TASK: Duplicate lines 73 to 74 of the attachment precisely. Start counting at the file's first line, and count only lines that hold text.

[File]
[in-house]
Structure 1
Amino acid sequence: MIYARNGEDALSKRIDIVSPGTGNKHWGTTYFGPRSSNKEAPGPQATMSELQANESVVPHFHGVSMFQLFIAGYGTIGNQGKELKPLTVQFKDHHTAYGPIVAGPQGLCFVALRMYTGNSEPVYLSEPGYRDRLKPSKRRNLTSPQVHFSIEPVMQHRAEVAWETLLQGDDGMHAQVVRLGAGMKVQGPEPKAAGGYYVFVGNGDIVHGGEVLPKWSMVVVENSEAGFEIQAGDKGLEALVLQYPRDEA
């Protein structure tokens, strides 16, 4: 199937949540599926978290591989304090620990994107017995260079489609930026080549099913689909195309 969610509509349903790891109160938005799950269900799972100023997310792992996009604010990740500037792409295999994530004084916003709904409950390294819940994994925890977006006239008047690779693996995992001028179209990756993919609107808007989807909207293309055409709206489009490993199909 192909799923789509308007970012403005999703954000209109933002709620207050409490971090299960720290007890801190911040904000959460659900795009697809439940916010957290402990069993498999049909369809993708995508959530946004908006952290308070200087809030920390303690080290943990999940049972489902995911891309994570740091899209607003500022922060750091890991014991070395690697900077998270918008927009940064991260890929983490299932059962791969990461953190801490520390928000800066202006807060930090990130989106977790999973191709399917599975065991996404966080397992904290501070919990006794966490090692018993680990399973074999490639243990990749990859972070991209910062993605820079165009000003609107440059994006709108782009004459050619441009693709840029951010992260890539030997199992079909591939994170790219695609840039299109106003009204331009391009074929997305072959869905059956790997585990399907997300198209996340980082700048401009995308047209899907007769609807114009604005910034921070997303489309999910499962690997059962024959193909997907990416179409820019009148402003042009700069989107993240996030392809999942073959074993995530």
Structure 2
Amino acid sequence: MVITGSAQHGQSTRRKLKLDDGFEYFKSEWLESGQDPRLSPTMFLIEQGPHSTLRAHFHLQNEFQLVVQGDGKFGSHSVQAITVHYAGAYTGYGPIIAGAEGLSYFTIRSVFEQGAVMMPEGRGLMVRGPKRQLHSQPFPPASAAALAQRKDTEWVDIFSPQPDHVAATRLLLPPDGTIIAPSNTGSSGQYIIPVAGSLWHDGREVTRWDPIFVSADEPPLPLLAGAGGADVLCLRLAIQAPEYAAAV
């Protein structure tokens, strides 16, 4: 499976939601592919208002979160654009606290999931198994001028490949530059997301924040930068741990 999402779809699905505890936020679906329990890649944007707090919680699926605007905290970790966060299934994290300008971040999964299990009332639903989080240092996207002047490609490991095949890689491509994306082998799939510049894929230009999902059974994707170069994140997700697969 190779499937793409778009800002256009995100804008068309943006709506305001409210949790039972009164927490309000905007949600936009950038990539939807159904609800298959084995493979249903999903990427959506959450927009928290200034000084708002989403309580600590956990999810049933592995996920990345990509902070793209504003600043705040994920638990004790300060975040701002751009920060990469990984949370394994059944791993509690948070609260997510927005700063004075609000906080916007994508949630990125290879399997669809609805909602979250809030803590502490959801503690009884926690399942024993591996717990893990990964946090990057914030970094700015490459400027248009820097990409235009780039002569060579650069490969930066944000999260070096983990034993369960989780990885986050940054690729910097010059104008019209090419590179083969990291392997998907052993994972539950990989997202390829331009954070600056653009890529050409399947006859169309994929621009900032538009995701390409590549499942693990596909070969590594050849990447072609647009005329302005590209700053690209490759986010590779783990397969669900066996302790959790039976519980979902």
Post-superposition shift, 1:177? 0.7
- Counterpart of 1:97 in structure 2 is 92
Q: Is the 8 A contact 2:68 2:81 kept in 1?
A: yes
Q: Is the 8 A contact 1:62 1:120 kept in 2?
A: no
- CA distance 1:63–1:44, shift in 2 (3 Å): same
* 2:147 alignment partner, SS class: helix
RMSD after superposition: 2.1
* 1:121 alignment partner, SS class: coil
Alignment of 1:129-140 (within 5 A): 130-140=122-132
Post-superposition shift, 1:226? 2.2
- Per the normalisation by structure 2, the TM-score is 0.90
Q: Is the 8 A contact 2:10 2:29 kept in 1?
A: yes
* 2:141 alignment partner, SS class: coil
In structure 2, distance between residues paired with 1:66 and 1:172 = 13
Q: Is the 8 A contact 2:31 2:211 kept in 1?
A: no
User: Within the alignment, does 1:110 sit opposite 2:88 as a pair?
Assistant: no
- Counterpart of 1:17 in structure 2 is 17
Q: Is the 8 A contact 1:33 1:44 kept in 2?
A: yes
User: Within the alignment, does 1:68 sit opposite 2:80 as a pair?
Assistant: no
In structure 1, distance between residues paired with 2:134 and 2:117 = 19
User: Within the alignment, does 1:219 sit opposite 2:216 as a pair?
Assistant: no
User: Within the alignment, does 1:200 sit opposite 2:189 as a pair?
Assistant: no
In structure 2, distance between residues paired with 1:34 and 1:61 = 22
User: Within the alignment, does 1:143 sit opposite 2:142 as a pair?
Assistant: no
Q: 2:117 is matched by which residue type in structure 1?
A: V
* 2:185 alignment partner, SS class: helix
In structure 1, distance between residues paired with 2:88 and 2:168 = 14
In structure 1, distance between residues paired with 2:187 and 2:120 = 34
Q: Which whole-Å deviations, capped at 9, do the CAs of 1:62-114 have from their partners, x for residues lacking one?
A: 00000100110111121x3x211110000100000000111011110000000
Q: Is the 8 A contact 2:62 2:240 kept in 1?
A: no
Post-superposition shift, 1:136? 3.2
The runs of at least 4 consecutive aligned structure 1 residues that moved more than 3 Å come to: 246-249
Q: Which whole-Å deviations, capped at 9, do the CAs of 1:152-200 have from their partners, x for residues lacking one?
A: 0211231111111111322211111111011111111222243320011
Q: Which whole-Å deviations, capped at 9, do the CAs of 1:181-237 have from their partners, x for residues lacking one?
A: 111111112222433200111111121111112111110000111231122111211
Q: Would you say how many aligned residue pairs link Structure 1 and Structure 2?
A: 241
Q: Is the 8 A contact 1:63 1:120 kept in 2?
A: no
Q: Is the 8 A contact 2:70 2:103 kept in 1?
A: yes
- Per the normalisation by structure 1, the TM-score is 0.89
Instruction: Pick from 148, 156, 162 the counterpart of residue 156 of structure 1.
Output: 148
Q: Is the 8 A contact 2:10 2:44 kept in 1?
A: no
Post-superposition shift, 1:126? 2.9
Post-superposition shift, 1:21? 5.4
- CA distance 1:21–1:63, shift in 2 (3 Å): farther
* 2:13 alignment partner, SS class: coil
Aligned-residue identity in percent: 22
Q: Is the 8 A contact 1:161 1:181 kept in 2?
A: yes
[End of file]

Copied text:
Q: Is the 8 A contact 1:161 1:181 kept in 2?
A: yes